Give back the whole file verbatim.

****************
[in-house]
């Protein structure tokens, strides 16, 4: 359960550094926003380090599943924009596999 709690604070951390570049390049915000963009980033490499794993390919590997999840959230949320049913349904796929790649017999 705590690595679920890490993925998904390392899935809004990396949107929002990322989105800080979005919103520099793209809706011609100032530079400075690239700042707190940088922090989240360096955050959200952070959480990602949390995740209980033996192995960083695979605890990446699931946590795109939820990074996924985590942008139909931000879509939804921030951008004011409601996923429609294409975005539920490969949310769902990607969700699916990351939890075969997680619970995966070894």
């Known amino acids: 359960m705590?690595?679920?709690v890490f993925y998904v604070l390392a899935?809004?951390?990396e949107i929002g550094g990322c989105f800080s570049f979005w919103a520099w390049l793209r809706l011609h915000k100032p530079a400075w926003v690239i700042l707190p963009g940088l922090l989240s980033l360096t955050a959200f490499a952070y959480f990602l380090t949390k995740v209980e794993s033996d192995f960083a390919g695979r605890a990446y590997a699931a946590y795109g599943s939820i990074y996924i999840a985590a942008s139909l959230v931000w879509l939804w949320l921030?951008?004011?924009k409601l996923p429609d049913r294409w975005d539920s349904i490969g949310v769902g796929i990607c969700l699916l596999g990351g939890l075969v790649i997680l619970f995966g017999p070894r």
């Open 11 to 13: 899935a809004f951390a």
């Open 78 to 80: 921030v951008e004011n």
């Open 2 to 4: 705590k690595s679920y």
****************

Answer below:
[in-house]
């Protein structure tokens, strides 16, 4: 359960550094926003380090599943924009596999 709690604070951390570049390049915000963009980033490499794993390919590997999840959230949320049913349904796929790649017999 705590690595679920890490993925998904390392899935809004990396949107929002990322989105800080979005919103520099793209809706011609100032530079400075690239700042707190940088922090989240360096955050959200952070959480990602949390995740209980033996192995960083695979605890990446699931946590795109939820990074996924985590942008139909931000879509939804921030951008004011409601996923429609294409975005539920490969949310769902990607969700699916990351939890075969997680619970995966070894």
């Known amino acids: 359960m705590?690595?679920?709690v890490f993925y998904v604070l390392a899935?809004?951390?990396e949107i929002g550094g990322c989105f800080s570049f979005w919103a520099w390049l793209r809706l011609h915000k100032p530079a400075w926003v690239i700042l707190p963009g940088l922090l989240s980033l360096t955050a959200f490499a952070y959480f990602l380090t949390k995740v209980e794993s033996d192995f960083a390919g695979r605890a990446y590997a699931a946590y795109g599943s939820i990074y996924i999840a985590a942008s139909l959230v931000w879509l939804w949320l921030?951008?004011?924009k409601l996923p429609d049913r294409w975005d539920s349904i490969g949310v769902g796929i990607c969700l699916l596999g990351g939890l075969v790649i997680l619970f995966g017999p070894r």
């Open 11 to 13: 899935a809004f951390a």
């Open 78 to 80: 921030v951008e004011n």
């Open 2 to 4: 705590k690595s679920y």